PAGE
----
Friday, March 11, 2011

Considerations BEFORE you install the next Great Technology

In today's highly competitive business environment executives often settle for shortcuts.   CEOs are under constant pressure from the Board of Directors to tell them what is changing in the organization – “give us examples of change” is a common request. Of course most of these changes are relayed via a very polished once-a-month PowerPoint presentation. These presentations are highly scripted and of course, manipulated to present the best picture of the organization and the CEOs accomplishments. It is a rare day when bad news is presented in the boardroom.

Executives often become obsessed with checking the box versus doing what's right. One major waste in every organization but especially Hospitals is the tendency to install the latest and greatest software that will “solve all our problems and put us in the forefront of medicine”.  The exercise usually goes like this:
 One of the senior managers or executives keeps hearing about process issues; maybe the lack of good cost accounting or the shortfalls in our patient management system.  They discover several vendors who can offer solutions and they bring them in for demonstrations.  These vendors wow the group with the software capabilities and everyone buys-in because this system seems to be able to eliminate the headaches caused by the current process and/or current software. IT is pulled into the mix to asses the technology needs and Purchasing sends out an RFP and beats up the vendors on price.  Soon the capital is approved and a rough plan is assembled with emphasis on launch dates, hardware upgrades, and a few slides about the business benefits.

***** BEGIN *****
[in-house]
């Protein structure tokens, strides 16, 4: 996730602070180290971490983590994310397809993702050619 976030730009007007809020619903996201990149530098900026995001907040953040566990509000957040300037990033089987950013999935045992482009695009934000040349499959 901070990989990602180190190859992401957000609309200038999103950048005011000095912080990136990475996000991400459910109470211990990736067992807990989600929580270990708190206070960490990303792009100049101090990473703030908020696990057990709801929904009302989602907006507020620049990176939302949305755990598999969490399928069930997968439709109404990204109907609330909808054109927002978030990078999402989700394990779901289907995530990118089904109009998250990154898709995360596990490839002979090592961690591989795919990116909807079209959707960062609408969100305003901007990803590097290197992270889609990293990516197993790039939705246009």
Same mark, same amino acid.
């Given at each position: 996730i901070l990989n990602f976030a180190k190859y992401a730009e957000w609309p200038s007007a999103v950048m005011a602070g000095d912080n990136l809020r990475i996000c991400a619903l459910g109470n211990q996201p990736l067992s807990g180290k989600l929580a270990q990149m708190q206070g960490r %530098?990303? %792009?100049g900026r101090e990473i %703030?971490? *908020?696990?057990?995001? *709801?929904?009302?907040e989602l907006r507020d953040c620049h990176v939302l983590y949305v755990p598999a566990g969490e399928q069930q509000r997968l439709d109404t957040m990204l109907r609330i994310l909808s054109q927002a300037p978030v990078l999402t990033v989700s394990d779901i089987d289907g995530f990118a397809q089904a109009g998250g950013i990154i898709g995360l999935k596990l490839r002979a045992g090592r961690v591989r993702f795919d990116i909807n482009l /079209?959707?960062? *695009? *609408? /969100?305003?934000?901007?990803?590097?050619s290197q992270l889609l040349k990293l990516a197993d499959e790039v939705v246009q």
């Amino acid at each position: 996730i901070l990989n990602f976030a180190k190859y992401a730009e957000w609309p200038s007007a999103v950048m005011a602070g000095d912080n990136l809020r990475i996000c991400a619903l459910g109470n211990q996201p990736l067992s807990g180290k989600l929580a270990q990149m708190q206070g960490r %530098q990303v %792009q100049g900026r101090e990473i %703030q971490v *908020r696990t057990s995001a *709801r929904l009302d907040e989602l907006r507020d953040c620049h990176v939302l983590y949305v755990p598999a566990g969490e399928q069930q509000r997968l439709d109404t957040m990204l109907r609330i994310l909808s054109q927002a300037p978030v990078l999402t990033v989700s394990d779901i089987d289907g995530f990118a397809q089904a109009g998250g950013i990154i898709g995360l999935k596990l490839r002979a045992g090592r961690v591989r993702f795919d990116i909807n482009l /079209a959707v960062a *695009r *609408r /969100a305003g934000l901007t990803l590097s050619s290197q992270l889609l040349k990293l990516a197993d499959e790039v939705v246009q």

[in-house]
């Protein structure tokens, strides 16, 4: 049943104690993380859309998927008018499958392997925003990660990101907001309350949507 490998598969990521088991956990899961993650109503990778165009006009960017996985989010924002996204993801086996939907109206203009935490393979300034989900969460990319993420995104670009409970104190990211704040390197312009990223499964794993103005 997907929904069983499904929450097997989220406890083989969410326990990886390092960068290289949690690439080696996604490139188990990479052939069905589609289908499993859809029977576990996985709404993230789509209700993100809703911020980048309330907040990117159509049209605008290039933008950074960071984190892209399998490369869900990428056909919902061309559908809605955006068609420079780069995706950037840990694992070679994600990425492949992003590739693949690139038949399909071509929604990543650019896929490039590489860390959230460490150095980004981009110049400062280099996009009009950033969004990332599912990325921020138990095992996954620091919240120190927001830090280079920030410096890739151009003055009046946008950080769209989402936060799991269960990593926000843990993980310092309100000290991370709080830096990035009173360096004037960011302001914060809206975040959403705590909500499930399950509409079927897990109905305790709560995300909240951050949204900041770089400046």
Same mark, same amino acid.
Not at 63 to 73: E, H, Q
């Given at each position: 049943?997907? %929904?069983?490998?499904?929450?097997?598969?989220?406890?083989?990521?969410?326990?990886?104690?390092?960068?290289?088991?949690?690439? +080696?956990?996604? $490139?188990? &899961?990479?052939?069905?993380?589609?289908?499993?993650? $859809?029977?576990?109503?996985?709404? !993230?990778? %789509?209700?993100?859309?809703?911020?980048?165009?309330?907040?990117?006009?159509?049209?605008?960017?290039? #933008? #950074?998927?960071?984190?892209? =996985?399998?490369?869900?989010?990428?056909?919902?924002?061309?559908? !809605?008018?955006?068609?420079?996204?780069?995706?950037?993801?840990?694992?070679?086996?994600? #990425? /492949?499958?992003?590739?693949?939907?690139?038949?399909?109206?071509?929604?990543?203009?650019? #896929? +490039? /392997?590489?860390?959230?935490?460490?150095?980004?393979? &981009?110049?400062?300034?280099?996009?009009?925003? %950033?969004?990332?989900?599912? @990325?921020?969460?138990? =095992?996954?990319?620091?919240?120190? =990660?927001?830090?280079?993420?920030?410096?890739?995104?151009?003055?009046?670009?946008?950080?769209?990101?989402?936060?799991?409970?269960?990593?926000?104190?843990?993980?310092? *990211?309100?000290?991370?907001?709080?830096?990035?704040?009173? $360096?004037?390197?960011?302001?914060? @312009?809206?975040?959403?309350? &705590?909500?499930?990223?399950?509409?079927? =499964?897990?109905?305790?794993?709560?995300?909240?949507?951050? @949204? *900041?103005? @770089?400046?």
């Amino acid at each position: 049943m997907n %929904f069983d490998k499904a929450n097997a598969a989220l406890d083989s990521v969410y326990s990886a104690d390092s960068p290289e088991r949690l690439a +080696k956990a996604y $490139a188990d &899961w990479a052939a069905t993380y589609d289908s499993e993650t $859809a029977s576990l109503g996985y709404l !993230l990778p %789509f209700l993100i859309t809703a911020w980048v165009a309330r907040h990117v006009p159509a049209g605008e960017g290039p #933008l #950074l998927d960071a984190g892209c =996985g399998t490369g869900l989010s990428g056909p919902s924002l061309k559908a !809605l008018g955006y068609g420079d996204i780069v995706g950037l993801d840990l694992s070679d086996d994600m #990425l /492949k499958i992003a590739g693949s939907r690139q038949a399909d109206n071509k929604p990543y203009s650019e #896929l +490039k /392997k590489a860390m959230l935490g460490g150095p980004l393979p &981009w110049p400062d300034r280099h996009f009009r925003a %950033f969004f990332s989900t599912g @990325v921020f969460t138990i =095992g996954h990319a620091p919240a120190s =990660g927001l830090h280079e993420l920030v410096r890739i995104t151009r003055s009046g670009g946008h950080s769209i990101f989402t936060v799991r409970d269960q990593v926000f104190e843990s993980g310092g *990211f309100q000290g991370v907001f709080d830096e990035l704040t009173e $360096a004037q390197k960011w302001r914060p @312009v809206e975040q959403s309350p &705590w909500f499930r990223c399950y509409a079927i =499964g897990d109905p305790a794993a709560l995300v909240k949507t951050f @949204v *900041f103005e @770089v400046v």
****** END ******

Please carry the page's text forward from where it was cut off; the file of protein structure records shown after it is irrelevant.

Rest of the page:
And the problem begins….most of the effort upfront is about what software to pick based on the best technology and little if any time is spent developing a detailed analysis of the current process, user needs (voice of the customer), and the desired future process.  Sure, everyone knows the current process is broken but few really understand why, they just think they know why.  Users are so bogged down in the day-to-day process that when they sit in on a vendor demonstration everything looks better than what they have and of course, the vendors paint a picture of seamless software that is so easy to use a child can operate it.  Studies have shown that best-practice organizations spend at least 30% - 40% of their effort on defining the business needs of the organization before purchasing and installing software solutions yet, on average, most organizations spend only 10% of their efforts in this area.  I have seen multi-million dollar software installs with ill defined user needs, poor or no metrics, and little upfront involvement of the user community.   The result is predictable; due dates and budgets are hit because that is where the focus was concentrated but there is a complete failure to deliver on the business needs.

Installing state-of-the-art software makes a great slide for the Board Room and probably creates a certain sense of accomplishment but business results are what matters and sooner or later the piper comes calling.  As these bad technology decisions accumulate they have a way creating tremendous process inefficiency and hidden (but real) costs,  users start creating more and more work-arounds and  side-systems in their efforts to get around the business road blocks created by a poorly executed software or new technology launch.  It’s not long before everyone is back in the conference room looking at another software/technology demonstration and living the fantasy one more time. 

No comments:

Post a Comment